Book review

The philosophers debate on paper
Writing their words and ideas
Building universes that fit the theory
Showing how theirs is the greatest

Straw-men and caricatures
Nothing real, only an elaborate argument
There is something to expressing an idea in a story
The reader can understand perspective

Over time the world changes
Absolutes become questioned again
The old poles are no longer in their place
New ideas form in there place

Is there room for more than one idea?
Could multiple convictions be necessary?
Could many models be safer than only one?
Do we hear wisdom, or mock foolishness?

The world is changed completely
Ideas flow everywhere
Commoners and elites both touch the press
We are overwhelmed with information

All creeds and philosophies share the world
Debate has become common place
We can pray that words will replace violence
Yet, it seems, many seek only those like themselves

So many communities insulated
Yet so much potential for diversity
All the ideas live in the same world
Could each be incomplete of itself?

I just finished, and will recommend John Scalzi’s “Old Man’s war” series (currently four paperback volumes). The author is delightfully predictable, giving the reader the chance to guess what he will surprise the characters with. The characters all act on incomplete information, and each has motives based mostly on their own bias. If these books were made into movies, they would be given an R rating, for violence and sexual content, some may also find offensive words — however the language and the graphicness of the descriptions is significantly tamer than I encounter in any of my jobs, save the Salvation Army.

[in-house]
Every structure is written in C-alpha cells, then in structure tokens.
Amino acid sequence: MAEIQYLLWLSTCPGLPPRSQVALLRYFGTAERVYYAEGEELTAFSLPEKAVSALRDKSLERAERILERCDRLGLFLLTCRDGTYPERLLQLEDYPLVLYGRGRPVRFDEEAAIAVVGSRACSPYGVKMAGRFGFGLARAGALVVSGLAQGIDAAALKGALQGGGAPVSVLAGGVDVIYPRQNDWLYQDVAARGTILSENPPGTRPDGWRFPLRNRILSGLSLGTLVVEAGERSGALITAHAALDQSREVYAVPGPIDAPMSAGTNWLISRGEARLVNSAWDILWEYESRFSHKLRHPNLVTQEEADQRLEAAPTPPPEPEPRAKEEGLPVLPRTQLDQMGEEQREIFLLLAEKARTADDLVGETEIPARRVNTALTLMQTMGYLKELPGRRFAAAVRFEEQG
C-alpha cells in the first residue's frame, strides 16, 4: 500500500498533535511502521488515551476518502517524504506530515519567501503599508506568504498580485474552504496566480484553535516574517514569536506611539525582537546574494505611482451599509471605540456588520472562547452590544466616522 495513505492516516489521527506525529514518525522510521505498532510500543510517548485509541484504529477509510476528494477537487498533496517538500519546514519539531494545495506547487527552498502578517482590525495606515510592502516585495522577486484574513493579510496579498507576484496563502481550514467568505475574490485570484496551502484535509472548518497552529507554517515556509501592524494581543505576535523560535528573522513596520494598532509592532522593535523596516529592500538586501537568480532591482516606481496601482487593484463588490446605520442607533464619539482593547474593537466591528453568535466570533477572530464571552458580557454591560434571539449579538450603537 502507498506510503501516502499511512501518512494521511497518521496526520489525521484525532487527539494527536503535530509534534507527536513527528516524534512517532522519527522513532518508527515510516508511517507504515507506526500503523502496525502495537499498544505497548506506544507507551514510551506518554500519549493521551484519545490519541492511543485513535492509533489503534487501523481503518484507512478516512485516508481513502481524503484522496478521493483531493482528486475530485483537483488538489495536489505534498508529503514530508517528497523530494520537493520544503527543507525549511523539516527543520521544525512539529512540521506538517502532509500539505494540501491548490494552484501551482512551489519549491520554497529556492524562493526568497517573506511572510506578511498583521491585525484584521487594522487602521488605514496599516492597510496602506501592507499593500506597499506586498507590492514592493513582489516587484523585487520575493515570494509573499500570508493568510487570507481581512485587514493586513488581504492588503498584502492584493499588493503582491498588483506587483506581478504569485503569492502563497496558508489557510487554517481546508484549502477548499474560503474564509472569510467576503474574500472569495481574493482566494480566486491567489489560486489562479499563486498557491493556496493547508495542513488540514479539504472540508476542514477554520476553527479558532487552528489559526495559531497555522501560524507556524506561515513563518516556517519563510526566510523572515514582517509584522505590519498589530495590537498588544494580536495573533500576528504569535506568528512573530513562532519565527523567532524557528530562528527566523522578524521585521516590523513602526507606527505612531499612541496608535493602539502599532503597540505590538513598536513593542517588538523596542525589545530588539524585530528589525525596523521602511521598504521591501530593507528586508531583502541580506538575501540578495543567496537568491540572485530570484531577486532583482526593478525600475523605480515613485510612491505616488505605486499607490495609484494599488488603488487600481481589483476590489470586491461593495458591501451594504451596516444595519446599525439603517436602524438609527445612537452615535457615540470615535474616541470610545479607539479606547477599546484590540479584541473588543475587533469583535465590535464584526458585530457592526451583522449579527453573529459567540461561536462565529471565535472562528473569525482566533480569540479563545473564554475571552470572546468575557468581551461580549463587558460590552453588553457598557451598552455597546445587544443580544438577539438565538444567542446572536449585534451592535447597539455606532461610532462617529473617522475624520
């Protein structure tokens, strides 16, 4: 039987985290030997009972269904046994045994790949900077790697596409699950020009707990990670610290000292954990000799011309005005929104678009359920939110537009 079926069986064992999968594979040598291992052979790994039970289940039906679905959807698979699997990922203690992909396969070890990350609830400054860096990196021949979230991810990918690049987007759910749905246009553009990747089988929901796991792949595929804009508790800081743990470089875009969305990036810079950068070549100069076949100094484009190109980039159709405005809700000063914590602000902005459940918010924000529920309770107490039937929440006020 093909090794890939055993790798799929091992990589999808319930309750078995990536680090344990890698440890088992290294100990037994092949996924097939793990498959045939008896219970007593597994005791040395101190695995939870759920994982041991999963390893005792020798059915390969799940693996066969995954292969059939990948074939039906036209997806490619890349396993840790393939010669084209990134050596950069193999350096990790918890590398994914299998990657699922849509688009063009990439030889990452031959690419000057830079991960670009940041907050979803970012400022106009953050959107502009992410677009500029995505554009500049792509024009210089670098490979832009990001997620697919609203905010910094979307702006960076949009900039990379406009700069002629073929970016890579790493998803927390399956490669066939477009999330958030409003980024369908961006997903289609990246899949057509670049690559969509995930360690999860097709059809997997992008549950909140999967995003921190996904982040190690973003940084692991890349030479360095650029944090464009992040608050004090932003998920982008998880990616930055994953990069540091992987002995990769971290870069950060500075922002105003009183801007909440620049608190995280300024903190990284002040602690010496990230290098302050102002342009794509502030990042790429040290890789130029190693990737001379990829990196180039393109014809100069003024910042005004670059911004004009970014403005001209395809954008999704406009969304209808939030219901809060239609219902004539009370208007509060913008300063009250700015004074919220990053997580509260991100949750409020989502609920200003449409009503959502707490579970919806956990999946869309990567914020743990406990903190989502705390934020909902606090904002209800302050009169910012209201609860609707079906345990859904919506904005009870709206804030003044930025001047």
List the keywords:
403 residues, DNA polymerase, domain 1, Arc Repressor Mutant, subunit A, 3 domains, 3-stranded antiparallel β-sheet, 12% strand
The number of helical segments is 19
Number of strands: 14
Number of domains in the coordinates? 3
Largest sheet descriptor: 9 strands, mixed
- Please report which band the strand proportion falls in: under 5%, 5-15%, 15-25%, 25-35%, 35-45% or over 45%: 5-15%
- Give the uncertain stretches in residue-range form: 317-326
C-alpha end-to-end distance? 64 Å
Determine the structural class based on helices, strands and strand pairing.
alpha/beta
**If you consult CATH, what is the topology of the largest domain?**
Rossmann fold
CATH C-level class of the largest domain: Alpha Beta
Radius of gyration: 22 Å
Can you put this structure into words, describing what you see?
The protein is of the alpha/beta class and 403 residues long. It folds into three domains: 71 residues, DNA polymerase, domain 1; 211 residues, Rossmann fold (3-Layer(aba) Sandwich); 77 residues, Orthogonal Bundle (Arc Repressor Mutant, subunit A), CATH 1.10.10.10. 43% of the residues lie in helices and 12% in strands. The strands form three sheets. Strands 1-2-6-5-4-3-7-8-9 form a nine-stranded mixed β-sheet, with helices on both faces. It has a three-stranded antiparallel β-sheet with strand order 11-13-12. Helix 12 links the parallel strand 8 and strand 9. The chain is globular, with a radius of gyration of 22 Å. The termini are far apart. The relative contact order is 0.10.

These books were compared with Heinlein by Scalzi’s critics, I found the comparison unfair — and Heinlein only had one main character (who I will admit developed as he wrote his books), all other characters were caricatures. Heinlein was a pro-military capitalist, who felt calls for peace was the babble of ignorant fools and cowards. Scalzi has the brave sacrifice of a Mennonite refusing to fight for his life save the colony by teaching the indigenous life that the humans are not simply destroying monsters. Scalzi’s soldiers face the soul damaging work of killing the enemy by questioning if they have not become soulless monsters, yet, in the end they decide that they must trust the judgment of their superiors. (A soldier must outsource his conscience). Perhaps these books are unique in the science-fiction genre, in that they are clearly written for adults.


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